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Dental Emergency

Dental Emergency

A severe pain which is affecting the teeth , soft tissue around teeth and surroundings to be considered as Dental emergency. It is an issue involving the teeth and supporting tissues that is of high importance to be fixed/treated by the relevant professional. Dental emergencies do not always involve pain, although this is a common signal that something needs to be looked at. Pain can originate from the tooth, surrounding tissues or can have the sensation of originating in the teeth but be caused by an independent source (orofacial pain and toothache).

Types of Dental Emergency


A tooth abscess is a painful and serious dental emergency. An abscess is a pus producing bacterial infection that causes pain and swelling that needs immediate attention. The infection occurs in or around the root of a tooth that contains blood vessels, nerves and connective tissue, also called in the dental pulp. Tooth abscesses are most commonly caused by advanced tooth decay which may originate from a chipped or broken tooth that becomes infected, worn enamel that allows bacteria to enter the tooth or untreated dental cavity. Gum disease also called gingivitis or in advanced stages periodontal disease, can also cause and abscess. In very serious cases, the infection spreads from the root of the tooth to the bones in the jaw supporting the tooth

Symptoms of an Abscessed Tooth
  • A severe toothache or tooth pain with dull pressure, aching, throbbing pain or sharp pain Fever
  • Pain with or without chewing
  • Redness and swelling of the gums and in advanced infections, swelling of the jaw
  • Sensitivity of the teeth to temperature – hot or cold
  • An open, draining sore in the gums that may also cause a bitter taste in the mouth Bad breath

By: Dr. Imandeep Kaur (B.D.S. – Ahead Dental Clinic)


Inside the innermost part of each tooth is an area called the pulp. The pulp contains the blood, supply, and nerves for the tooth. Pulpitis is a condition that causes painful inflammation of the pulp. It can occur in one or more teeth, and is caused by bacteria that invade the tooth’s pulp, causing it to swell

Symptoms of Pulpitis
  • Inflammation
  • sensitivity to hot and cold food
  • sensitivity to very sweet food
  • Irreversible pulpitis may include additional symptoms of infection, such as:
  • running a fever
  • swollen lymph nodes
  • bad breath
  • bad taste in the mouth

By: Dr. Imandeep Kaur (B.D.S. – Ahead Dental Clinic)


Tooth decay is the destruction of your tooth enamel, the hard, outer layer of your teeth. The stickiness of the plaque keeps these acids in contact with your teeth and over time the enamel can break down. This is when cavities can form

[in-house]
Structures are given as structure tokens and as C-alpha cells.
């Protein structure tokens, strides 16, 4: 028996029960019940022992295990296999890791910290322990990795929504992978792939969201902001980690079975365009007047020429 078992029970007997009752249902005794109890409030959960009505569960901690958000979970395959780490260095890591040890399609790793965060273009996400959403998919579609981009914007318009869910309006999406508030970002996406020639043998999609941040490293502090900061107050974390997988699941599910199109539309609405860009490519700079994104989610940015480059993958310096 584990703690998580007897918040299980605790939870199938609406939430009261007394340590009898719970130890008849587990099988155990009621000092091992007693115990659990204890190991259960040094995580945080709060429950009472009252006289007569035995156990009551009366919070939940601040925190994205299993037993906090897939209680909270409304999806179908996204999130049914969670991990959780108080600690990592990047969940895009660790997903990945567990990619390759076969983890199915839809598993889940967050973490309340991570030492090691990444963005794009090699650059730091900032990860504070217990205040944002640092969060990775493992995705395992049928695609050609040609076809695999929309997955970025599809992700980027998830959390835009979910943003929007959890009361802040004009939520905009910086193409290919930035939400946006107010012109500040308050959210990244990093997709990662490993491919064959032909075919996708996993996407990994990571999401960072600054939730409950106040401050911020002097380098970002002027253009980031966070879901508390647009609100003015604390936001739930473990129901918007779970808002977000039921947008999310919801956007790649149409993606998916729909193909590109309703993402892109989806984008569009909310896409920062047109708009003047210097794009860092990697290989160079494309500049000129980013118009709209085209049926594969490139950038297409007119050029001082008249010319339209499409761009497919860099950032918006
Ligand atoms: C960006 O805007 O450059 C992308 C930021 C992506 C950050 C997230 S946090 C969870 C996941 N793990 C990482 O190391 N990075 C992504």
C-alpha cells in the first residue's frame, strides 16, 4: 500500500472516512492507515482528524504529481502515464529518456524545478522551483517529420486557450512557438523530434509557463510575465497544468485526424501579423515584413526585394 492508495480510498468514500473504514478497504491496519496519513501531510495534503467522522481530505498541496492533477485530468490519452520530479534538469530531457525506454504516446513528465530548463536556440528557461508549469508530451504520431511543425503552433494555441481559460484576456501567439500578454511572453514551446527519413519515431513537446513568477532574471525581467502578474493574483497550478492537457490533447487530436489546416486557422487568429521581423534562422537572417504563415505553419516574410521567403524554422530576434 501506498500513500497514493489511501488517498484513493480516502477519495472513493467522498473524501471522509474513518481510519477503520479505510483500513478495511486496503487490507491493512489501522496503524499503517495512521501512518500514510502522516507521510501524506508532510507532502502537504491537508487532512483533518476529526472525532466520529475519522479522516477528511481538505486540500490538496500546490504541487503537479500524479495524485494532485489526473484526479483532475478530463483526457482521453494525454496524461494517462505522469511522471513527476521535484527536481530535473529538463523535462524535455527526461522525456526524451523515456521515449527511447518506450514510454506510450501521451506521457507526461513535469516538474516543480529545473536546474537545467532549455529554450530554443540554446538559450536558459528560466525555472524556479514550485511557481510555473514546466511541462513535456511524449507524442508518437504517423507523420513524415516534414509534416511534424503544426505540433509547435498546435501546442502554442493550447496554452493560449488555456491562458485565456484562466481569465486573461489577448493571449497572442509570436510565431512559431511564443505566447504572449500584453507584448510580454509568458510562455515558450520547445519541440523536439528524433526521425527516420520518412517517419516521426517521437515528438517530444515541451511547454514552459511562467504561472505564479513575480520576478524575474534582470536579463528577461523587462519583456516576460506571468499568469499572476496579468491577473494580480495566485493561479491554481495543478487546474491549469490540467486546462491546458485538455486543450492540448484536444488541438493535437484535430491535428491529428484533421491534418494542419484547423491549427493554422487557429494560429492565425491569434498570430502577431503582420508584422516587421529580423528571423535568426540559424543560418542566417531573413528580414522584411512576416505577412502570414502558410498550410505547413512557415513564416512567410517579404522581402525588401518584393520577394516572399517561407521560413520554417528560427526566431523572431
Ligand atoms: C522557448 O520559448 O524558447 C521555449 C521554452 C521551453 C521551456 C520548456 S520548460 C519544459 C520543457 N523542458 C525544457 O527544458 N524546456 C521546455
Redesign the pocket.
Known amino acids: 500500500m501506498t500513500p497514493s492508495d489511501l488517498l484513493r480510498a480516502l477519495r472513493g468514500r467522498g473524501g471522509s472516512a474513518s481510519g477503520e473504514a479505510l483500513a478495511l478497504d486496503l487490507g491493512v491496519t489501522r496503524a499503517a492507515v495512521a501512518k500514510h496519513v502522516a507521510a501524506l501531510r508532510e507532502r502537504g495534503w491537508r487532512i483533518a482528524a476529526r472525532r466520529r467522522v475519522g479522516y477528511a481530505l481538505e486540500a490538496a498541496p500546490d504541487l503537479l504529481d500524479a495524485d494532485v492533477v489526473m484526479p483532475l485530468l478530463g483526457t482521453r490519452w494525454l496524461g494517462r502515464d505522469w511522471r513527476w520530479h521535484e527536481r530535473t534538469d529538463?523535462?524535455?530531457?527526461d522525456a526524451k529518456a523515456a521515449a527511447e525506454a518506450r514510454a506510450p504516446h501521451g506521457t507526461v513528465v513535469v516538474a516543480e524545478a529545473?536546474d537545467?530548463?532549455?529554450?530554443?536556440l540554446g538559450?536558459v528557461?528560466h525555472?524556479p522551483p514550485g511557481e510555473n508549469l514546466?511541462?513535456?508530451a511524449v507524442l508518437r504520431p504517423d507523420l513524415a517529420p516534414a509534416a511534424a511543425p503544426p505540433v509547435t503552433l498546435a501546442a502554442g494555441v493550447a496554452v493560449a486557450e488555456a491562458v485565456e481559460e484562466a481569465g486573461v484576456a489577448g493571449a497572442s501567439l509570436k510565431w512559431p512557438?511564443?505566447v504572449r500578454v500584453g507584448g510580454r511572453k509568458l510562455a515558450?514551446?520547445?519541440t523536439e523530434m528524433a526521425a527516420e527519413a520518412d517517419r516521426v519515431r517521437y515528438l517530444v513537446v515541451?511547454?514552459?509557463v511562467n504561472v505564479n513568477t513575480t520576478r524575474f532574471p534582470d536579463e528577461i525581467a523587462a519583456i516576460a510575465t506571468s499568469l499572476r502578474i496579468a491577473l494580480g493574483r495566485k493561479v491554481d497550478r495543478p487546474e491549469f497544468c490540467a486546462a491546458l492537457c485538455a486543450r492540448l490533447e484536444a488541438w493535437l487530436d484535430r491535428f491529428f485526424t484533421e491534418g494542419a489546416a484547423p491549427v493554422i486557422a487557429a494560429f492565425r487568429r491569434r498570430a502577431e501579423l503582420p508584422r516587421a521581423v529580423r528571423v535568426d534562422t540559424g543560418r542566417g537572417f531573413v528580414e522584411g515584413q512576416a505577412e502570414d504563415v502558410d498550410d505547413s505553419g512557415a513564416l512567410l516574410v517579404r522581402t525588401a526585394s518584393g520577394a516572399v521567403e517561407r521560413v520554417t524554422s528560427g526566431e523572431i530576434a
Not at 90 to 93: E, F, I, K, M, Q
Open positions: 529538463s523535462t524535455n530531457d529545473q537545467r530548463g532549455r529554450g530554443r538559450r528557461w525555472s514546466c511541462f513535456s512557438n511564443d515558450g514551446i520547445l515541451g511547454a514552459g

Cavities are permanently damaged areas in the hard surface of your teeth that develop into tiny openings or holes. Cavities, also called tooth decay or caries, are caused by a combination of factors, including bacteria in your mouth, frequent snacking, sipping sugary drinks and not cleaning your teeth well.

Symptoms of Tooth Decay

When a cavity is just beginning, you may not have any symptoms at all. As the decay gets larger, it may cause signs and symptoms such as:

  • Toothache, spontaneous pain or pain that occurs without any apparent cause
  • Tooth sensitivity
  • Mild to sharp pain when eating or drinking something sweet, hot or cold
  • Visible holes or pits in your teeth
  • Brown, black or white staining on any surface of a tooth
  • Pain when you bite down

By: Dr. Imandeep Kaur (B.D.S. – Ahead Dental Clinic)


Dental trauma refers to injury to the teeth and/or periodontium (gums, periodontal ligament, alveolar bone), and nearby soft tissues such as the lips, tongue, etc. Despite the fact that tooth enamel is incredibly strong, it is possible to accidentally break, chip or crack a tooth. Crunching down on hard food, such as ice or candy, is perhaps the most common cause of a broken tooth. Enduring a hard fall or suffering a hit to the face or mouth can also lead to a cracked or broken tooth

Dental trauma have various types such as
  • Tooth fracture
  • Root Fracture of tooth
  • Subluxation of the tooth (tooth knocked loose)
  • Luxation of tooth
  • Intrusion of the tooth (Tooth jammed into tooth socket)

By: Dr. Imandeep Kaur (B.D.S. – Ahead Dental Clinic)

Avulsion (Tooth knocked out)

Symptoms for fracture:
  • Visual can detect the fracture
  • Change to occlusion
  • Severe pain
  • Loose Teeth
  • Multiple teeth moving together as a segment and are normally displaced

By: Dr. Imandeep Kaur (B.D.S. – Ahead Dental Clinic)

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